A discussion of the judgment of the Court of Appeal of The Hague, 20 March 2008, Vitra Collection AG et al. versus Classic Design et al.
Vitra holds the copyright to the Lounge Chair, the Ottoman and the Aluminium Chair that were designed and made public in 1956 by Ray and Charles Eames. Besides, Vitra is holder of the international word mark EAMES and of two international figurative marks similar to the appearance of the Lounge Chair and the Alu Chair, for the Benelux and Germany among other countries.
Classic Design et al. offers copies of the aforesaid Eames furniture via its websites, which are also accessible from the Benelux and Germany. Vitra was of the view that Classic Design et al. were infringing copyrights and trademark rights on their internet pages, or were acting unlawfully towards Vitra, and claimed (among other things) a cross-border injunction against infringement, principally for Germany and the Benelux, alternatively for the Benelux and as a second alternative for the Netherlands.
The court in preliminary relief proceedings declined jurisdiction as far as the claimed injunctions reached beyond the Benelux territory (with regard to the alleged trademark infringement) or the Netherlands (with regard to the unlawful behavior). On appeal Vitra has put forward a defense against this decision.
The Adjudication on Appeal
The Declining of Jurisdiction
The Court of Appeal considered that pursuant to common international law of competence the Dutch court is competent to take cognizance of a claim concerning the infringement of an intellectual property right acquired under foreign law. The court may pronounce an injunction prohibiting acts abroad if this is claimed. The same is true in preliminary relief proceedings and irrespective of the ground on which the Dutch court has based its international competence.
This does not alter the fact that if the competence of the Dutch court is based on Article 5.3 of the EEX Regulation (the place where the harmful event has occurred), the Court is only competent to take cognizance of the disputes concerning the damage that was incurred in the Netherlands.
Offering Goods in the Benelux and/or the Netherlands
Vitra further defended itself against the opinion of the court in preliminary relief proceedings that infringing goods are only offered on a website in the Benelux or anyway in the Netherlands if this website is also obviously aimed in word and content at the public of the Benelux. Vitra took the position that this condition from 1964 goes too far.
The Court of Appeal considered that this criterion was established at some time under the Trademarks Act of 1893 and long before the Internet existed. Therefore the criterion is not applicable per se to the adjudication of the question whether the offering of goods on the Internet must be regarded as unlawful in a specific country. The Court of Appeal considered the Ladbrokes judgment of the Dutch Supreme Court from 2005 relevant to its decision. That judgment was about the question whether a provider of games of chance with its registered office in the United Kingdom, by offering without a license the possibility of playing games of chance through the Internet, via a website aimed at the Netherlands among other countries, was acting contrary to the Dutch Betting and Gaming Act. In that case the Supreme Court considered it relevant that the website, as appeared from its layout, was also aimed at potential participants in the Netherlands.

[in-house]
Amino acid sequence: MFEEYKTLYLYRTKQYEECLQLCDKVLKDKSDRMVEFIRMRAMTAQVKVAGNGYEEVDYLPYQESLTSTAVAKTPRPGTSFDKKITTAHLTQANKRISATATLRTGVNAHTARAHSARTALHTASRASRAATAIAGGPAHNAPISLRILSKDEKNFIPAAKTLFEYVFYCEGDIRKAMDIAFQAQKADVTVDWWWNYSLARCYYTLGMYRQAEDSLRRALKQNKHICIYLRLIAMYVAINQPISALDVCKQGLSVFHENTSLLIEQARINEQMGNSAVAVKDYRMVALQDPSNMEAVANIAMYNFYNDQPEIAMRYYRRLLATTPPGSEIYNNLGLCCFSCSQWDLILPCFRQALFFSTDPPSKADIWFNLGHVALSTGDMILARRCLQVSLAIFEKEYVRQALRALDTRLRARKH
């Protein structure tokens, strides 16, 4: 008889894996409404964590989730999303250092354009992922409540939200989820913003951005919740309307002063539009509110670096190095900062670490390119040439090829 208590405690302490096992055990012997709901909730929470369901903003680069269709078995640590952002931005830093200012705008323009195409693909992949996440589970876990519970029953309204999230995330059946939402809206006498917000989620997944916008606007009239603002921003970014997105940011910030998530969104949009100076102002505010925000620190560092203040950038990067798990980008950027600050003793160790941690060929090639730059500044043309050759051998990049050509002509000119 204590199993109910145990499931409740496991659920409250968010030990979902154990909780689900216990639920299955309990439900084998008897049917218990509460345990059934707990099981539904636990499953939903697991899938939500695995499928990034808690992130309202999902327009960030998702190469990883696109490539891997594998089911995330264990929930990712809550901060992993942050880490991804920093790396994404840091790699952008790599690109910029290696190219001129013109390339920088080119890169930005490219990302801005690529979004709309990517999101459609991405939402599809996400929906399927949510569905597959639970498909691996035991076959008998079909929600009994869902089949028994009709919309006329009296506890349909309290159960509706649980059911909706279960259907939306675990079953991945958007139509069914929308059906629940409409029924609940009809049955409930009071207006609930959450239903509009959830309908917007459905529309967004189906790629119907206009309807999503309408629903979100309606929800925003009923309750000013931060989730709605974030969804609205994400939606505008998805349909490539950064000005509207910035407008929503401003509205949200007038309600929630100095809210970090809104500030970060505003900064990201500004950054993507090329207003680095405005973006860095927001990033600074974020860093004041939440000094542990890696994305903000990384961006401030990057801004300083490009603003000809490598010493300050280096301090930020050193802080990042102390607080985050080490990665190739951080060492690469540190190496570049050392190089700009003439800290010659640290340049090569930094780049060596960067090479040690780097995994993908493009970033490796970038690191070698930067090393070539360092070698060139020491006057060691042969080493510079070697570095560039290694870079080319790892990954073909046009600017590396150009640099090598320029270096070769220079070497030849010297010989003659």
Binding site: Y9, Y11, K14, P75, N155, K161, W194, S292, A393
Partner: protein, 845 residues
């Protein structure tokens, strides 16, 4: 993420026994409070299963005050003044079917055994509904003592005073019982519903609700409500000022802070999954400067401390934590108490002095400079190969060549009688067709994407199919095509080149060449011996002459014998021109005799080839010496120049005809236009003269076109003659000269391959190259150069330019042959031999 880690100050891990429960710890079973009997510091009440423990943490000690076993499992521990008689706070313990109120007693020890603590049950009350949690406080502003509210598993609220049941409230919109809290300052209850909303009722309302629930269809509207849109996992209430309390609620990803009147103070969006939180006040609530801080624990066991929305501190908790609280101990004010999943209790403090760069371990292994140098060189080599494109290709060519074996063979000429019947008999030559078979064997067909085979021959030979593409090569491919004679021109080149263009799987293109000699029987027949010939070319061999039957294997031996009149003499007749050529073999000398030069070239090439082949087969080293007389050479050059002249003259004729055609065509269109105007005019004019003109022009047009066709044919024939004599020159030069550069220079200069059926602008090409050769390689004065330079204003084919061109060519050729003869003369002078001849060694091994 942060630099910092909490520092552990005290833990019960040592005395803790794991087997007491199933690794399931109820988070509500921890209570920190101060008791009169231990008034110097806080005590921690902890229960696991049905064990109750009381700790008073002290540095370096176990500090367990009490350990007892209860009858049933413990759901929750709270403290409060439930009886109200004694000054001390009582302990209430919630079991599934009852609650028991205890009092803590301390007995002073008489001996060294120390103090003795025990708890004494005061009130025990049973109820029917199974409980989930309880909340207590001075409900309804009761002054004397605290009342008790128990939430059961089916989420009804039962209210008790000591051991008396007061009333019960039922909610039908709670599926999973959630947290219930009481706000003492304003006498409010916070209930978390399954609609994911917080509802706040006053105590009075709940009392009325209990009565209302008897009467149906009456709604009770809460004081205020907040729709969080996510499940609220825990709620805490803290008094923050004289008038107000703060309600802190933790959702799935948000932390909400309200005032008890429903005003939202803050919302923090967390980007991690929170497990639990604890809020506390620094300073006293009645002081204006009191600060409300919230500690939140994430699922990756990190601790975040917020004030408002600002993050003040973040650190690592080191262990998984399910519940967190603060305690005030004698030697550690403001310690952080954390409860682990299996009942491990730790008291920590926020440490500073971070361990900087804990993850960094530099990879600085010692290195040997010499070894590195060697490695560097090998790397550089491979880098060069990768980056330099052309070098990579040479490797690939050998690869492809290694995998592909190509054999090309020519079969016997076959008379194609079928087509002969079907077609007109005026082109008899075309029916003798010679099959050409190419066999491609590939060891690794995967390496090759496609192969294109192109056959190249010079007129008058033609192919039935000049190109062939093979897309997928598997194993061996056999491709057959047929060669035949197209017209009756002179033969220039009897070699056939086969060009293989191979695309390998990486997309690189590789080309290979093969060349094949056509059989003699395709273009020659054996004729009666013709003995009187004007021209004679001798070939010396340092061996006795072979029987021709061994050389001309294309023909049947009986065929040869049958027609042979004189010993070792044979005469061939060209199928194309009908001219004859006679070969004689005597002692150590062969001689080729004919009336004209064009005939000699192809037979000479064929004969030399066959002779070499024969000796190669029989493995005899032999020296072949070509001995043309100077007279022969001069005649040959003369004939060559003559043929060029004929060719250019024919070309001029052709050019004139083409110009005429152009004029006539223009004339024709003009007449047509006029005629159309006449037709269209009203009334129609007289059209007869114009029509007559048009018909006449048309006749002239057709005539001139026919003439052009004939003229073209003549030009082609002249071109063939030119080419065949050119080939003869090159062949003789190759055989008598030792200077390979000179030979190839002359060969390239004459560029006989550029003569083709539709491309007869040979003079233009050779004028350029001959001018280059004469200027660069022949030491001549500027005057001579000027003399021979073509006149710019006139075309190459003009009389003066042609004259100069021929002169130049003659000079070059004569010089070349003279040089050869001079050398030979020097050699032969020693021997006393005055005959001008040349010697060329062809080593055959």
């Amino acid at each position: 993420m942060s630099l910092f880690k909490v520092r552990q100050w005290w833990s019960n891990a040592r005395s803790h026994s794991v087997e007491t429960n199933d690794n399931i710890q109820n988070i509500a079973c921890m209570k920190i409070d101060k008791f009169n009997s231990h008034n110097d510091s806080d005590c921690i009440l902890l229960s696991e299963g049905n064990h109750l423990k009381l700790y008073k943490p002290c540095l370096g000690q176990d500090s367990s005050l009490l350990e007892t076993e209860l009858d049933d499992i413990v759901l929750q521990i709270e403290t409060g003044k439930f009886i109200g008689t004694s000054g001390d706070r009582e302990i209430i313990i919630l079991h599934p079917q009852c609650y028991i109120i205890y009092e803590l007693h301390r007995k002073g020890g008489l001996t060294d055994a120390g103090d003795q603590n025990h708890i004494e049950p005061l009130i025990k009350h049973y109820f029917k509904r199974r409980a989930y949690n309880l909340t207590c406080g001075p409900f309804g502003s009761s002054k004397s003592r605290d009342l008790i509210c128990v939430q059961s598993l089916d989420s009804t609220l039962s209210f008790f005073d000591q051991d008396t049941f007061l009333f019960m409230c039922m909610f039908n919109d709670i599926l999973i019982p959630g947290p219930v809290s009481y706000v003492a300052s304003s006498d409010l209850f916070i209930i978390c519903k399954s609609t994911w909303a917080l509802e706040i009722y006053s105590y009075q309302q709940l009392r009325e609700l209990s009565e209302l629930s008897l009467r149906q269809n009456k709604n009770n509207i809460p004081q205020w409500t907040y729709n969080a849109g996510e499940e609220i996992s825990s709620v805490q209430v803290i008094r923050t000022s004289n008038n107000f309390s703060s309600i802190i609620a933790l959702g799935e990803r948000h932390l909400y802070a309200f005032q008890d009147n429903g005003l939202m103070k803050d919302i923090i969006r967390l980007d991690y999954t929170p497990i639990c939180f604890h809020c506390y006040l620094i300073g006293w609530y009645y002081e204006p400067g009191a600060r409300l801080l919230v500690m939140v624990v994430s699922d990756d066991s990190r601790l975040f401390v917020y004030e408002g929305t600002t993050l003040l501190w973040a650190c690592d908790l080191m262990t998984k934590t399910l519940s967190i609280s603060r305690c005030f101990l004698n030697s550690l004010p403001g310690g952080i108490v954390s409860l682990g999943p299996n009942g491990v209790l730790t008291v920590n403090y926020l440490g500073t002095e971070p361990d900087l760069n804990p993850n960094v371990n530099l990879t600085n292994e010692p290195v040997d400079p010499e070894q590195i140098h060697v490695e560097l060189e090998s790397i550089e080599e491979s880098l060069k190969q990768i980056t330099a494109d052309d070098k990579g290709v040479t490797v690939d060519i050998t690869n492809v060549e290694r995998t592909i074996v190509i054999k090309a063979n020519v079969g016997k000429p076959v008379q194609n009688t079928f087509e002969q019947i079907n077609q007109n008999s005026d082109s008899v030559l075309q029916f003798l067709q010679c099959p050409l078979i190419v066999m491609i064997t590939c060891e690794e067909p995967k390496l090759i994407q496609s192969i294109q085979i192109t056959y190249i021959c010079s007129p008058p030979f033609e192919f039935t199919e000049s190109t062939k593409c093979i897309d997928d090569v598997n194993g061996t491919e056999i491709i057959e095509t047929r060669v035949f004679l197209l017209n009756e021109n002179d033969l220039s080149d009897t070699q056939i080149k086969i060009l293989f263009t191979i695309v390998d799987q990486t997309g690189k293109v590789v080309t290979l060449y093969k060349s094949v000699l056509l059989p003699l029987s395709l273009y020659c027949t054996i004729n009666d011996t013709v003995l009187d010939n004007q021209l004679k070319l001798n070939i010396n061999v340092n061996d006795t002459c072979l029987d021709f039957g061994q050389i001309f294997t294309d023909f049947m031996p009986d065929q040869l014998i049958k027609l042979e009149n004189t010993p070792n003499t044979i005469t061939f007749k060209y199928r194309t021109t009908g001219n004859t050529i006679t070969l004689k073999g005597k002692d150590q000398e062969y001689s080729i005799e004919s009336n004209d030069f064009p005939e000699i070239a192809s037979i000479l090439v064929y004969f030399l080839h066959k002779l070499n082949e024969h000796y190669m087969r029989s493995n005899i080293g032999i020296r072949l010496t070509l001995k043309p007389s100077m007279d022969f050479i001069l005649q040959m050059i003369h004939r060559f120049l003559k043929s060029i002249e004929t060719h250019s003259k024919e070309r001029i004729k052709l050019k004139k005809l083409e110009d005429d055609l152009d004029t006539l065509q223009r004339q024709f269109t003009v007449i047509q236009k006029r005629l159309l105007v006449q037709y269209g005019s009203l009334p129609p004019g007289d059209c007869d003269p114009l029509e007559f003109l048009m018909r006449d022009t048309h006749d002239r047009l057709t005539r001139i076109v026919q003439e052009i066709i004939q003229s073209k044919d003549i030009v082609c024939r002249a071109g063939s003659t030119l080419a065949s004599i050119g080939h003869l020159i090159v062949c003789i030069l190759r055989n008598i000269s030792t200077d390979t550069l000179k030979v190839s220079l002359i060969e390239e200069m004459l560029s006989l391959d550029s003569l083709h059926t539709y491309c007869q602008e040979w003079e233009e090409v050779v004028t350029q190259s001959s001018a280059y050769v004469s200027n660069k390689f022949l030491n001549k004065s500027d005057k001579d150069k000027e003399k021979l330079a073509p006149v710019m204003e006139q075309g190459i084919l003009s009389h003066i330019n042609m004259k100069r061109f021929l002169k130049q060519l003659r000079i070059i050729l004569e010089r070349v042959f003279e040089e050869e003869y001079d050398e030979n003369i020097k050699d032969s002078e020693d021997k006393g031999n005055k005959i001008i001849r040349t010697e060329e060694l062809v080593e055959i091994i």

Considering this, the Court of Appeal ruled that Classic Design et al. act unlawfully if they offer infringing products via websites aimed at – as appears from their layout – the Benelux and/or the Netherlands. If this is the case will depend on the circumstances, such as the top level domain of the internet addresses, the language used on the websites, or other references on the websites to a specific country or countries. Because it was possible on the website of Classic Design et al. to consult Dutch and Belgian parts, each written in the Dutch and French language, respectively, the Court of Appeal held that the websites are aimed at the Netherlands and Belgium.
Infringement of Copyright
It is not a simple question to answer whether there was also infringement because of the age of the design, the American scope of protection and the principle of reciprocity set out in the Berne Convention.
Article 2.7 of the Berne Convention provides a special regime for works of applied art.
This article provides that works of applied art protected solely as designs and models shall always enjoy some sort of protection in other countries. On account of this provision Vitra can lay claim to copyright protection of the furniture if it stands the test of copyright, since there is no protection in the Netherlands under designs and models law.
The Court of Appeal is of the view that the furniture has an original character of its own and unmistakably bear the stamp of the authors. This causes the chairs to be actually copyright-protected works. By displaying exact copies of the chairs, Classic Design et al. commit an infringing act. Classic Design et al. also commit trademark infringement by using signs on its internet pages that are identical to the word marks and figurative marks registered by Vitra.
The main conclusion from the judgment is that the Court of Appeal, when adjudicating a cross-border injunction, asks whether infringing products are offered via a website in a specific geographical area.